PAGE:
T(v) is d. As in either special-vertex (u1) or special-vertex (u2), the height of the subtree is reduced

by 1, we have recursion T(d) = Θ(1) +T(d −1). Hence, T(d) = Θ(d).

Problem 5 (8 + 8 = 16 points).

We define a pair of vertices u and v in a directed graph is intimate if u can reach v, or v can reach u, or both.

1. Given a directed acyclic graph G = (V,E), design an algorithm to decide if every pair of vertices of G

is intimate. Your algorithm should run in O(|V|+|E|) time. Prove that your algorithm is correct.

2. Given a directed graph G = (V,E), design an algorithm to decide if every pair of vertices of G is

intimate. Your algorithm should run in O(|V|+|E|) time. Prove that your algorithm is correct.

Solution.

1. We can show that for a DAG G, every pair of vertices of G is intimate if and only if G has a unique

linearization. We know how to check if a DAG has a unique linearization (problem 3 of assignment 2)

in O(|V|+|E|) time. Below we prove this statement.

Suppose that G has a unique linearization; let X = (X1,X2,···,Xn) be this linearization. According to

the problem 3 of assignment 2, we know that (Xi

,Xi+1) ∈ E for every 1 ≤ i < n. Consequently, there

exists a path from Xi

to Xj for any 1 ≤ i < j ≤ n. Hence, every pair of vertices is intimate.

Suppose that every pair is intimate. Then for any pair of vertices, its order in any linearization is fixed.

Hence, G must have a unique linearization.

2. Let G

M = (V

M,E

M) be the meta-graph of G; G

M is a DAG. Below, we prove that every pair of vertices

of G is intimate if and only if G

M has a unique linearization. We know how to construct G

M and how

to determine if G

M has a unique linearization in O(|V|+|E|) time.

If G

M has a unique linearization, then again there exists a path between every pair of connected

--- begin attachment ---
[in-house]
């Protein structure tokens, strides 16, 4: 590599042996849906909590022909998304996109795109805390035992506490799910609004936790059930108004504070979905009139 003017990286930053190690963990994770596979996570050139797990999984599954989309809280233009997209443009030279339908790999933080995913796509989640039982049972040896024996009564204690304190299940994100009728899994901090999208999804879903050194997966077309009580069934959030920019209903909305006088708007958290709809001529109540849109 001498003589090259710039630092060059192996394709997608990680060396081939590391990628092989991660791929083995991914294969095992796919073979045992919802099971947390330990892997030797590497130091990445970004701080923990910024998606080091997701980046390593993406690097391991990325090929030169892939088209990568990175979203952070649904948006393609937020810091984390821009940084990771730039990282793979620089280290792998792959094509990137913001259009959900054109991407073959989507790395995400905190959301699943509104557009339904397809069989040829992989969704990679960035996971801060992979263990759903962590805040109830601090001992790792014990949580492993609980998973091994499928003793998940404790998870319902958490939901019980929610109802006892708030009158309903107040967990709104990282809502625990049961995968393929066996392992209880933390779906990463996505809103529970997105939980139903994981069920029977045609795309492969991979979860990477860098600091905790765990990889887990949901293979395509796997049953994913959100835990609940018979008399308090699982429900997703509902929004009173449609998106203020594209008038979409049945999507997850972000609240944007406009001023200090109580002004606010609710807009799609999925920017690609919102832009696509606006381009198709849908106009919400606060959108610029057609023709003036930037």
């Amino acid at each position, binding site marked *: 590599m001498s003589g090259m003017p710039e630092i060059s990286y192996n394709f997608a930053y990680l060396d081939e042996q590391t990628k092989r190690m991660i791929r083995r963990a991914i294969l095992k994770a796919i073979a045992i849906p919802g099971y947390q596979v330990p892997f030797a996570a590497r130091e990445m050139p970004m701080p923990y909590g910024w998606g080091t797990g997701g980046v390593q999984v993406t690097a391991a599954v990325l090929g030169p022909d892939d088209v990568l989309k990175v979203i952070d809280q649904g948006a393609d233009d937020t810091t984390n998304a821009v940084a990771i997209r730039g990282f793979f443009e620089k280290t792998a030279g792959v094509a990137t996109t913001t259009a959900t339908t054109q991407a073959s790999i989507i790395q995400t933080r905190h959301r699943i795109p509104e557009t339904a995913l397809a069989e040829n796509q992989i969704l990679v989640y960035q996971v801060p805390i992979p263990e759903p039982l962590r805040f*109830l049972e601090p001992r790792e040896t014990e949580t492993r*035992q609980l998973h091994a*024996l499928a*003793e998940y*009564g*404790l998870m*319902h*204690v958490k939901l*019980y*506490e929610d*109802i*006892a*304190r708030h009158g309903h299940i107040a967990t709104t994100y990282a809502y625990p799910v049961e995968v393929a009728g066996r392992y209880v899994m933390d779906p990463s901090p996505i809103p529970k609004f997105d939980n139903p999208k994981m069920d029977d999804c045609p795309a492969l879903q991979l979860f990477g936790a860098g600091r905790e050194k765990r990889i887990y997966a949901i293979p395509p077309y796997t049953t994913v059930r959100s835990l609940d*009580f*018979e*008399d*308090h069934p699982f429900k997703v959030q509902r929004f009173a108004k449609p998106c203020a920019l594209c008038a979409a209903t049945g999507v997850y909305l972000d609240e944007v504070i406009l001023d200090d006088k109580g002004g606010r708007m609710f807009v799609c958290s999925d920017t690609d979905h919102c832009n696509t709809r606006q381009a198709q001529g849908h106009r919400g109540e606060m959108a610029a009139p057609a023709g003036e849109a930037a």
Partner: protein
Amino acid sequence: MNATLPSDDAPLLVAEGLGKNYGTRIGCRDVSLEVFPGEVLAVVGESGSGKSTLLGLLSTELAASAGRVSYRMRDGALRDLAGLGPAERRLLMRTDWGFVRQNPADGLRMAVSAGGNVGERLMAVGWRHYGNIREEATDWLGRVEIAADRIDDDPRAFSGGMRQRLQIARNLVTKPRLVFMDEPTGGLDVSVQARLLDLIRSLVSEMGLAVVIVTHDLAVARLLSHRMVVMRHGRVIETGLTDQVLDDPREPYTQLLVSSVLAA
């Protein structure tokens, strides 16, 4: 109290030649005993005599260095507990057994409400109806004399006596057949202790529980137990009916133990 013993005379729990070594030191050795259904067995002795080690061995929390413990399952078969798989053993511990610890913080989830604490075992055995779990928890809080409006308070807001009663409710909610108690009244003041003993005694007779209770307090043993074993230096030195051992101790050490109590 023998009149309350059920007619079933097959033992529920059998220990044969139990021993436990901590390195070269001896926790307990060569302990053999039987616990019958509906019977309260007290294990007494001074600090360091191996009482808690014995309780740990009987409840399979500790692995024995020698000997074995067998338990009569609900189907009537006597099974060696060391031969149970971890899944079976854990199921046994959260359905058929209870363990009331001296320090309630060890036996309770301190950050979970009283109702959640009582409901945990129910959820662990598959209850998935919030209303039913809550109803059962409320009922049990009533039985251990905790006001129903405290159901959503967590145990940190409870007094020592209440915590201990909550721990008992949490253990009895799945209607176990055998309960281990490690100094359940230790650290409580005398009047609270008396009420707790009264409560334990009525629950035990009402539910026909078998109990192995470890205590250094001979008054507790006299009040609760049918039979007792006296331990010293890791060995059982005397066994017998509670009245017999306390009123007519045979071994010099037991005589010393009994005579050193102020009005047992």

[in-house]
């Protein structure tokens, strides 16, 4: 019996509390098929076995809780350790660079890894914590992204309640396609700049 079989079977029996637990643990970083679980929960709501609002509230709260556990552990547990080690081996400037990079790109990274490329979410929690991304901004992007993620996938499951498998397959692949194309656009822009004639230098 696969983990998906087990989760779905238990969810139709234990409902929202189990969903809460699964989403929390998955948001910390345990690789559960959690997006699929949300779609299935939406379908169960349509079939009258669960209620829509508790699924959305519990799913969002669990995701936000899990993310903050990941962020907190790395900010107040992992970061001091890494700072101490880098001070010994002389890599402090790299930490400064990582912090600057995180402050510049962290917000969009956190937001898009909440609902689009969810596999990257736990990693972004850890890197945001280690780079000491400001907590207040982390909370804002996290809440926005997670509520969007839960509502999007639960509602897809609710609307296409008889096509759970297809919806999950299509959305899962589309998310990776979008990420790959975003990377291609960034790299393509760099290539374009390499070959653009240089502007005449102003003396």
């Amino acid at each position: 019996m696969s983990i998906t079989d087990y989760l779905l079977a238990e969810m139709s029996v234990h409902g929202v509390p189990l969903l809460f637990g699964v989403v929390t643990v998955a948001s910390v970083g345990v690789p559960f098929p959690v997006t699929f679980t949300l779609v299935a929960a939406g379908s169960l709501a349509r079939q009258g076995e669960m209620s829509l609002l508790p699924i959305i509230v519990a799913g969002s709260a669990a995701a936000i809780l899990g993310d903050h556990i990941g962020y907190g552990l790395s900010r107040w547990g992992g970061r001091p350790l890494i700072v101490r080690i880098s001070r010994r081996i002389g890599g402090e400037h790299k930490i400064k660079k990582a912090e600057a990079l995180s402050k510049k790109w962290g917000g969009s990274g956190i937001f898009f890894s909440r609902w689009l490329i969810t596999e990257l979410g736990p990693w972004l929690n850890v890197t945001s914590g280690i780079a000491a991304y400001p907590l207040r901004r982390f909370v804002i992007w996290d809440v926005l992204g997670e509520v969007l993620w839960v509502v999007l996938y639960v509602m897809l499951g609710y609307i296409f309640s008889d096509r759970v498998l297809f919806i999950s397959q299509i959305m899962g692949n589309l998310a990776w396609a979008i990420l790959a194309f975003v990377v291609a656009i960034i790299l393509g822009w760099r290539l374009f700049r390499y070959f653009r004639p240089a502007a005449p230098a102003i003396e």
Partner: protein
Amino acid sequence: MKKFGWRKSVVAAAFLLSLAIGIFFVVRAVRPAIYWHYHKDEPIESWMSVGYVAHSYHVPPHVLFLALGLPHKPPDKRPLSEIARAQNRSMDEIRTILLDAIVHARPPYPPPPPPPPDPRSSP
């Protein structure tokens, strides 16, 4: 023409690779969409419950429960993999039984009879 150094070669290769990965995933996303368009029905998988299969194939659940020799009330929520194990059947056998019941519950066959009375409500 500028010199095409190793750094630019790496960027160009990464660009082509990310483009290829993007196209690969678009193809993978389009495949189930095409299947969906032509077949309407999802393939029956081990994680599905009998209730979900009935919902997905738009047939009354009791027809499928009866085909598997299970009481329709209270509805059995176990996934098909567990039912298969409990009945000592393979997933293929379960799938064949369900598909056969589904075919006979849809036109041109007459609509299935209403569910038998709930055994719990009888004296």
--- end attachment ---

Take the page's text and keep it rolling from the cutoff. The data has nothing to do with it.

components of G. Since all vertices within each component are connected, this means that there

exists a path between every pair of vertices of G.

If every pair of vertices of G is intimate, then in G

M every pair of vertices is intimate. Following part

1 of this problem, we know that G

M has a unique linearization.

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Solution of Mid-term 1 CMPSC 465 Fall 2020 (Instructor: Mingfu Shao)

Bonus Problem (10 points).

A vertex u in a directed graph is defined as a black-hole vertex if there is an edge from every other vertex to

u, and there is no edge from u to any other vertex. Given the adjacency matrix representation G, design an

algorithm to decide if G contains a black-hole vertex. Your algorithm should run in O(|V|) time. (The time

to load the adjacency matrix does not count towards to the running time.)

Solution. Assume V = {1,...,n}. In each of the first n−1 steps one vertex is determined not a black-hole.

The algorithm keeps this invariant: before the i-th step (i = 2,...,n), vertex j and vertices i,i+1,...,n are

still undecided, while vertices {1,...,i−1} \ { j} are known to be not black-holes. This invariant proves the

correctness of the algorithm. The algorithm runs in O(|V|) time, as it tests O(|V|) times of edges.

Algorithm:

j ← 1

for i ← 2 to n do

if (j,i) ∈ E and (i, j) ∈ E then

// neigher j nor i is a black-hole, as they both have

// outgoing edge; in this case, we do nothing

if (j,i) ∈ E and (i, j) 6∈ E then

// node j is not a black-hole, but i might be

j ← i

if (j,i) 6∈ E and (i, j) ∈ E then

// node i is not a black-hole, but j might be

// in this case, we do nothing

if (j,i) 6∈ E and (i, j) 6∈ E then

// neigher j nor i is a black-hole;

// in this case, we do nothing

Test whether j is a black-hole.